4 Big Challenges in Administering the COVID-19 Vaccine
The race for developing a COVID-19 vaccine began as soon as the novel coronavirus’s genetic makeup got revealed in January. Two companies, viz. Pfizer and partner BioNTech have announced that their vaccines appear safe and are about 95% effective. As the United Kingdom is closer to giving full approval of the vaccines, more and more countries are expected to follow suit.
But another race of a higher level might have just begun. One should know that vaccines won’t be successful until enough people are vaccinated to prevent further spreading of the virus. It precisely creates a situation of a logistical nightmare.
Administering the COVID-19 Vaccine
This article will see some of the most challenging aspects of administering the COVID-19 vaccine to billions of people on earth. This short read will help you to understand the sheer magnitude and intensity of this unprecedented task ahead. So let us get started,
Challenge # 1 – Managing the Last Mile
You might have come across the news that most COVID-19 vaccines in development require two doses for having a full effect in people. It means there will be a need for roughly 15 billion doses globally. If one were to imagine the technical and logistical challenges for getting this much quantity of vaccines to the nook and corner of the world, the idea would be clear.
Pfizer vaccine, the first thoroughly tested vaccine to get permission for emergency use, must be kept frozen at -70 °C. It is mind-boggling to think of other vaccines, which are very stable, even when stored at temperatures ranging between -20°C to -30°C. Another COVID-19 vaccine, called Moderna, also needs to be kept around the same temperature as Pfizer’s. Both Pfizer and Modern vaccines require an ultra-low temperature freezer, a refrigerator capable of storing contents up to -80°C.
Coming to the logistics part, it is a fact that there isn’t a massive supply of refrigerator and freezer trucks, planes, and tracks that can transport such chilly goods. Due to the urgency, air freights will be needed at least for longer distances.
It is also estimated that over the next two years, approximately 15,000 flights and nearly 15 million cooling boxes would be needed for the final distribution.
Challenge # 2 – Keeping the Vaccines Cold at All Times
Pfizer has designed special shipping containers, known as pizza boxes (as they resemble the food delivery container), which can be recharged with dry ice to keep the company vaccine cold in transit for short term storage. But the problem is that this recharge won’t last long. So providers shall need to find local sources of dry ice, which may be highly difficult as far as rural areas are concerned.
Yet, dry ice is highly prone to sublimation and can also turn directly into carbon dioxide gas. The fumes can build up and suffocate people if there’s not enough ventilation, which could make transporting and storing vaccines cooled with dry ice a vast problem.
Challenge # 3 – The Dilemma Regarding Dosage
If you were to talk about the United States, each of the states isn’t sure how many vaccines they will get from the federal government. It makes it hard to calculate how many doses the state will bring in total for health care workers and people in long-term care homes, who will be the first ones to get the vaccines. Plus, the two-dose requirement for most COVID-19 vaccines adds to the supply problems as well. Moreover, it would be against doctors’ moral and ethical obligation if they fail to provide a second dose after initially vaccinating them.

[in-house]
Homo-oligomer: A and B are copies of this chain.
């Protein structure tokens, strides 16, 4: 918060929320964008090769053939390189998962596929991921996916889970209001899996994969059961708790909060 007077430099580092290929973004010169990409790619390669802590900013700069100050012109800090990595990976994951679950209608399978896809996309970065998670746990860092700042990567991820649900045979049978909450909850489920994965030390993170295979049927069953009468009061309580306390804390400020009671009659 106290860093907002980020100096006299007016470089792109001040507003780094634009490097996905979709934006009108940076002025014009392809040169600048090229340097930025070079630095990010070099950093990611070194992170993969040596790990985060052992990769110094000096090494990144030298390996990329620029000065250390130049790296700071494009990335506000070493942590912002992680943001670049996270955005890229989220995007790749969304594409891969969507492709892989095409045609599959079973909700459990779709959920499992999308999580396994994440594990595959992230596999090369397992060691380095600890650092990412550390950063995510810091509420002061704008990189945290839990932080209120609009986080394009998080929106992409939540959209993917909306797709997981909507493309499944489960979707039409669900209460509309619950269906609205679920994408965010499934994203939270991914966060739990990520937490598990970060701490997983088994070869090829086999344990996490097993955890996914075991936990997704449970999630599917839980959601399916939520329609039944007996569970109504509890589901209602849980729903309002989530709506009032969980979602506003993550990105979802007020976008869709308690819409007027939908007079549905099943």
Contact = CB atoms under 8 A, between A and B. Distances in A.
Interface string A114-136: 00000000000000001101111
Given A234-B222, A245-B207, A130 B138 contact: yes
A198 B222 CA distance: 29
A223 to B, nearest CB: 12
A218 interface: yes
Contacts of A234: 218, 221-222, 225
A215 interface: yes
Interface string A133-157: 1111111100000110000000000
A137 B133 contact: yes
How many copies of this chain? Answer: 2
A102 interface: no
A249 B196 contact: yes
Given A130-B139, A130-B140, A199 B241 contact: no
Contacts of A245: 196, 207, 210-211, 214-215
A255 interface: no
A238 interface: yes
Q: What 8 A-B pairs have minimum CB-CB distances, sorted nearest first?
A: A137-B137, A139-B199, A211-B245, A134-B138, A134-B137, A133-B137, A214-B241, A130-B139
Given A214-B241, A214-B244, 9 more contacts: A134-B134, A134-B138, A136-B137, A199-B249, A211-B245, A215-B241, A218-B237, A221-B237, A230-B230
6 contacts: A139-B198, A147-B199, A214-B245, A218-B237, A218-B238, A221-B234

One must also know that both doses of the vaccine need to be from the same company, and keeping track of who got vaccinated and which vaccine they got also pose a significant challenge. Also, the existing database may need to be beefed up heavily to manage billions of patient data and keep it well-integrated.
Challenge # 4 – Logistical Nightmare
Last but not least, it isn’t the vaccines that need to be rolled out smoothly. Suppliers of glass vials that store the vaccines have to make sure they have enough surgical-grade sand to manufacture the vials. Nurses who are administering the vaccine shots also need alcohol wipes, needles, syringes, masks, and gloves, some of which are short in supply in many places.
One must remember that even if the medical industry gets the best logistics, all of it would be futile if common people fail to take measures like universal mask wearing and social distancing. Ultimately, these measures shall only help slow the spread of the virus.
If the rate of virus transmission is higher, even the highly effective vaccine will struggle to make a dent in this pandemic’s trajectory.
You have just seen a few of the biggest challenges in front of the medical industry in immunizing the whole world against COVID-19. From this article, it would be clear that there is a need to bring trust and transparency for the effective management of all the health care essentials. Hopefully, the supply chain partners and all the government bodies will overcome all the obstacles in improving the services during this pandemic.
About the Author
Mila Jones is a Senior Business Consultant, with rich experience in the domains of technology consulting and strategy. She works with both established technology brands and market entrants to offer research inputs and insights on leveraging technology as a source of strategic competitive advantage. Further, she is a prolific author and shares her expertise with tech enthusiasts on popular digital publishing platforms. She loves not only to write about several topics but also loves to explore new ideas about Lifestyle, Travel blogs and many more.